Poor-mouth and bad-mouth are two idioms that seem as if they should be related, but the definitions are very different. An idiom is a word, group of words or phrase that has a figurative meaning that is not easily deduced from its literal definition. Often using descriptive imagery, common idioms are words and phrases used in the English language in order to convey a concise idea, and are often spoken or are considered informal or conversational. English idioms can illustrate emotion more quickly than a phrase that has a literal meaning, even when the etymology or origin of the idiomatic expression is lost. An idiom is a metaphorical figure of speech, and it is understood that it is not a use of literal language. Figures of speech have definitions and connotations that go beyond the literal meaning of the words. Mastery of the turn of phrase of an idiom or other parts of speech is essential for the English learner. Many English as a Second Language students do not understand idiomatic expressions that native speakers understand such as in a blue moon, spill the beans, let the cat out of the bag, chin up, on the ball, barking up the wrong tree, kick the bucket, hit the nail on the head, under the weather, piece of cake, when pigs fly, and raining cats and dogs, as they attempt to translate them word for word, which yields only the literal meaning. In addition to learning vocabulary and grammar, one must understand the phrasing of the figurative language of idiomatic phrases in order to know English like a native speaker. We will examine the meaning of the idioms poor-mouth and bad-mouth, their origins, and some examples of their use in sentences.
Poor-mouth is a verb that means to claim that one is impoverished. When one poor-mouths, he is claiming poverty as an excuse for not doing something or as a defense as to why he can not do something. Poor-mouth means to hide how much money one truly has. Poor-mouth came into use during the 1930s, though the exact origin is unknown at this time. It may be related to the fact that most people who were rich during the Great Depression did not flaunt their wealth. Related words are poor-mouths, poor-mouthed, poor-mouthing. Note that the word poor-mouth is a hyphenated compound word.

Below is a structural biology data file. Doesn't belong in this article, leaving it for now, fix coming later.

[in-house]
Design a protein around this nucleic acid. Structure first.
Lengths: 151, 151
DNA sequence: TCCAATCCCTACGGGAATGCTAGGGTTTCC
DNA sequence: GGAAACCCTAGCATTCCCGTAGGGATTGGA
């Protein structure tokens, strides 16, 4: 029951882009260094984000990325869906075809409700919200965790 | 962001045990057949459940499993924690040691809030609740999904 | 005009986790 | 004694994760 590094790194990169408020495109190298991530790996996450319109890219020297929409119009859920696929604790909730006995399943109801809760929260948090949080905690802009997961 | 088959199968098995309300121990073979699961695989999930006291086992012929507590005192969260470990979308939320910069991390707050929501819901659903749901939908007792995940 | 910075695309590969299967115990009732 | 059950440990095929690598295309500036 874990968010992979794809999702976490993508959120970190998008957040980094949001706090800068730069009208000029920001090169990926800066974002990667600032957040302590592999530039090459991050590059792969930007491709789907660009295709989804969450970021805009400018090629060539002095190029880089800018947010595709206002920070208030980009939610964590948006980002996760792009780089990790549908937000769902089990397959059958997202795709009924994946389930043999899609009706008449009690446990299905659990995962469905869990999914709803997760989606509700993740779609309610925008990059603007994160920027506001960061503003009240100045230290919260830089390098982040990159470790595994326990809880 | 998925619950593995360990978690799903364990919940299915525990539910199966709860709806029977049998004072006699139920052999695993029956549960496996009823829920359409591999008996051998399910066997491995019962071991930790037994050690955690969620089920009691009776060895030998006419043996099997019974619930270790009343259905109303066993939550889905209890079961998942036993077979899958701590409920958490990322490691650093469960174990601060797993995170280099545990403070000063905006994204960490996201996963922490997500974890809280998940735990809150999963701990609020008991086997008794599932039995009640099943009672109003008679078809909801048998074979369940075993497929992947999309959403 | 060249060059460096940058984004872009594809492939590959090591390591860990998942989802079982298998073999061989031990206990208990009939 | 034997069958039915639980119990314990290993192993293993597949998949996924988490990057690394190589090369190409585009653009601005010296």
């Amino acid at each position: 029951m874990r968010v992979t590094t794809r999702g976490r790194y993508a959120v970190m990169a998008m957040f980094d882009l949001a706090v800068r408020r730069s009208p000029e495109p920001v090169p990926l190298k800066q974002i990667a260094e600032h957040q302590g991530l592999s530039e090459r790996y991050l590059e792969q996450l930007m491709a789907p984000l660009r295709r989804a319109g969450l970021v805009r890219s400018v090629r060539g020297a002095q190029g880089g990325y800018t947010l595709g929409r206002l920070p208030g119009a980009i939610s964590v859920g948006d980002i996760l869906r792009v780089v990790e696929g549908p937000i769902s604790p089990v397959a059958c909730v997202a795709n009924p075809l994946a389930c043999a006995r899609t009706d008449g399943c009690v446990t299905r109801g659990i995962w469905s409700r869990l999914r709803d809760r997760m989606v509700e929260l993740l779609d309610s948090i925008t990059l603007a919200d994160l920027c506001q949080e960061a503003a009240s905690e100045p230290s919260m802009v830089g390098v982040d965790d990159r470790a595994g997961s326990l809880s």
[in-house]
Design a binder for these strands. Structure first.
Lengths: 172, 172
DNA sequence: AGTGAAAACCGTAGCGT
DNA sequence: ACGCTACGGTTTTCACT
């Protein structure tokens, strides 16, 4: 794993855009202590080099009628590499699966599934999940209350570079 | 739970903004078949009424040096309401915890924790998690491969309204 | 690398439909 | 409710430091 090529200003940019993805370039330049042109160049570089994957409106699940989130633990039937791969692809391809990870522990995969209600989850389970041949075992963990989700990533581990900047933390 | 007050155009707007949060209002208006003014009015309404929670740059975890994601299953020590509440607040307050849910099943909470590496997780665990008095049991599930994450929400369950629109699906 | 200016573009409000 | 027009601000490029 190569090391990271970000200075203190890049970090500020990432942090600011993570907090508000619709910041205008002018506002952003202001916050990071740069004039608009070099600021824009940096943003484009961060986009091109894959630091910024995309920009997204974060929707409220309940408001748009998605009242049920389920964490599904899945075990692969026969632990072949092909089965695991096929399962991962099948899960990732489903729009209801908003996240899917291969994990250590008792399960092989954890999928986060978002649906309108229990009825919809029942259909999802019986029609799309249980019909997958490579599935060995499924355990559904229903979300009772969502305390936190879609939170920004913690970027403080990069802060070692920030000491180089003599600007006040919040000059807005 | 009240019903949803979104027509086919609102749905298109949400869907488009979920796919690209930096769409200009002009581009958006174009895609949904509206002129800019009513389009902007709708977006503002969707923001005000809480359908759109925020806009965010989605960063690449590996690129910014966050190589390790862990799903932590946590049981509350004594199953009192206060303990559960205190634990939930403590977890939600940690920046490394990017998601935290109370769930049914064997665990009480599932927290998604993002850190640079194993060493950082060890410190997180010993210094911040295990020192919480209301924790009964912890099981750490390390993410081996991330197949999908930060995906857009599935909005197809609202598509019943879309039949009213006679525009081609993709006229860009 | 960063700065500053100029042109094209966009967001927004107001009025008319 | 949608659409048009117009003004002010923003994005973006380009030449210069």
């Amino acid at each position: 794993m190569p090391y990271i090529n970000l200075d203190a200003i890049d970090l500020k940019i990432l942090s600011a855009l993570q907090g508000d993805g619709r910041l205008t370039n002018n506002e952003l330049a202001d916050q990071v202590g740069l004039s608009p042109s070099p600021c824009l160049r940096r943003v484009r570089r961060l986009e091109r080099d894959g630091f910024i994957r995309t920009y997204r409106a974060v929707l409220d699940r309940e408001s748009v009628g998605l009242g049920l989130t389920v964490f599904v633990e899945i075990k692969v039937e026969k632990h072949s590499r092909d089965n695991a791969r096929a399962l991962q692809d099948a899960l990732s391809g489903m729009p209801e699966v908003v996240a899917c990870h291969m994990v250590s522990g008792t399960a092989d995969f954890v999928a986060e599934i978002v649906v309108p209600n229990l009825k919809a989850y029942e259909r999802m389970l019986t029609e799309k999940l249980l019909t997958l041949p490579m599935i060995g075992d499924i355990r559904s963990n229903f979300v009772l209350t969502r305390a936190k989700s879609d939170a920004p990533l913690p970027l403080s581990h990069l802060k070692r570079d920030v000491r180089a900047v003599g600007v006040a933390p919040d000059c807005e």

Bad-mouth is a verb that means to denigrate, belittle, criticize or defame someone. The negative facts being discussed about a person or thing may be true, but if the speaker has malicious intent, it is considered bad-mouthing. Bad-mouthing may also involve spreading information that is not true, and may be considered vicious gossip. Bad-mouth came into use in the 1940s. Many etymologists believe that the term is derived from an African-American term, bad mouth, which means to curse someone or to cast a spell upon them. Related words are bad-mouths, bad-mouthed, bad-mouthing. Note that bad-mouth is also a hyphenated compound word.
According to a translation of Flann O’Brien’s classic novel The Poor Mouth, in Gaelic and Old Irish “ ‘putting on the poor mouth’ means making a pretense of being poor or in bad circumstances in order to gain advantage.” (Town & Country Magazine)
Similar to other Illinois government agencies, the Lake County Forest Preserve District is crying poor mouth. (The Chicago Tribune)
Hong Kong opposition lawmakers promise not to ‘bad-mouth’ city during meeting with US officials, but will give honest appraisal of extradition bill unrest (The South China Morning Post)
It is customary to bad-mouth the Knesset due to the behavior and conduct of some of its members, who have vulgarized its proceedings, and lack even a minimum of decorum. (The Jerusalem Post)